These days groups like Let Toys Be Toys campaign retailers to categorise toys by activity and not by sex. Importantly this means that Building Toys are no longer the bastion of boys alone but girls might also like to shop in this section. And toy buggys are not just for girls, all you have to do is look around and you see dad's pushing buggies everyday. LTBT feels strongly that kids should decide for themselves what they think is fun and that there is no good reason to put limits on play.
They say “the stereotypes we see in toy marketing connect with the inequalities we see in adult life. By late primary age, research … shows that children already have very clear ideas about the jobs that are suitable for boys and girls; ideas that are very hard to shake later on.”
The way we play early on influences the opportunities we give ourselves and others later in life. Why are most nurses female and most doctors male? Why is the IT industry the fastest growing job market made up of only 20% females? What's wrong with being a stay at home dad?
Our children are the next generation and they have the potential to challenge the conventions that aren't serving us well.
Developmental psychologist Dr. Christia Spears Brown, and author of Parenting Beyond Pink & Blue: How to Raise Your Kids Free of Gender Stereotypes, suggests that when it comes to buying toys, parents should focus on skill rather than gender. “All kids should have dolls, because it teaches empathy, perspective taking, and nurturing,” she explained. “All kids should have Legos because it teaches spatial skills.”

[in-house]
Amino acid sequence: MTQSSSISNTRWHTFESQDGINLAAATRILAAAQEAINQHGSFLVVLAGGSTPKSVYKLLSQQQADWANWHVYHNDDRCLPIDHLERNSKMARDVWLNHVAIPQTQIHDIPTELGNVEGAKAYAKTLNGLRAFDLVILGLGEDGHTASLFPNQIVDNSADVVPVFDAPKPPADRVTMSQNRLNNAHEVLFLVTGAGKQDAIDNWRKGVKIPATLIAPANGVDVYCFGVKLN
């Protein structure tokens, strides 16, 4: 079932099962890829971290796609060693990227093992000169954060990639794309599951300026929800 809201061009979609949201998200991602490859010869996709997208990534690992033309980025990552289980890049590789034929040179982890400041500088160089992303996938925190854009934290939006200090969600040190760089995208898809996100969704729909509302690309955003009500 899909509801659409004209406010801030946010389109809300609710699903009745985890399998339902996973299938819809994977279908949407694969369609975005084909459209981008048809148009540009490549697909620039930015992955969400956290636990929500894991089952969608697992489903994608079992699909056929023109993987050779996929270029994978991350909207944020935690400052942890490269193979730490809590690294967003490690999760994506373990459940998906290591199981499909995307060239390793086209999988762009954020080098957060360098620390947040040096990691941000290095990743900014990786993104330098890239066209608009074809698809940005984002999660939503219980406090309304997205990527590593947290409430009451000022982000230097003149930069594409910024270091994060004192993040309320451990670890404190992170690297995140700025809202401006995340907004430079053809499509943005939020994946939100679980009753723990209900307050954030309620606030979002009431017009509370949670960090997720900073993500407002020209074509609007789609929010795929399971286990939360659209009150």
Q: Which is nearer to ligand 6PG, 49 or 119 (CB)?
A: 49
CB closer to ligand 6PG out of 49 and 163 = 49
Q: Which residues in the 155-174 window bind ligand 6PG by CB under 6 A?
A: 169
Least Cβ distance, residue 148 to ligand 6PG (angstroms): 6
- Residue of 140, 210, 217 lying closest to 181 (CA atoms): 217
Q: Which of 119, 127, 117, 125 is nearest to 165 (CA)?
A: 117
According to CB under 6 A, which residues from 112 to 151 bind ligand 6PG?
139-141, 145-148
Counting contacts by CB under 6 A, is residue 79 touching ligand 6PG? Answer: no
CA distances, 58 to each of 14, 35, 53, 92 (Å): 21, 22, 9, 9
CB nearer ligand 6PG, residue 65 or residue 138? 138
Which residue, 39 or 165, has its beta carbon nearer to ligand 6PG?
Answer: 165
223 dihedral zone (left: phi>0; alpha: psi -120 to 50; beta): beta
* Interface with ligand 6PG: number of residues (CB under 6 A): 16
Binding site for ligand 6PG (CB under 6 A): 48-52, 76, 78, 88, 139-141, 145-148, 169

Playing with gender neutral toys means raising gender-neutral kids, not erasing their identities as boys or girls but taking the focus off gender. Lisa Bloom author of, “How to Talk to Little Girls” says that adults tend to focus on the physical appearance of young girls, saying things like, “You’re so cute” or “What a pretty dress you have on.” These comments teach girls that their looks are the first thing people will notice about them, which can eventually lead to eating disorders, early plastic surgery, or body dysmorphic disorder in teenagers and young women.
Maybe you think dinosaurs are for boys and princesses are for girls. Traditionally we may think that grisly strong animals are masculine and soft twirly dresses are feminine. But if we teach our girls that trucks are for boys, then it's similar to saying the world of construction and building is not for them. Just as if we teach our boys that dolls are for girls the inherent message is that they can't possibly be any good at caring.
My friends told me they feared kid's might laugh at their son. Of course no one wants their child to feel humiliated but aren't we as parents when we make hard and fast rule-- now a big boy like you should want to be a dinosaur-- aren't we humiliating our own children into what we think is right and wrong and won't this eventually be something they inherit and pass on? This sweet little boy has now been taught that Elsa is for girls, when he sees another boy dressing up as a girl-- will he be the one laughing?
Wouldn't you prefer to raise kids who are open to the immense possibilities in the world? Do us all a favour, think about how to open their hearts and minds and not reinforce stereotypes.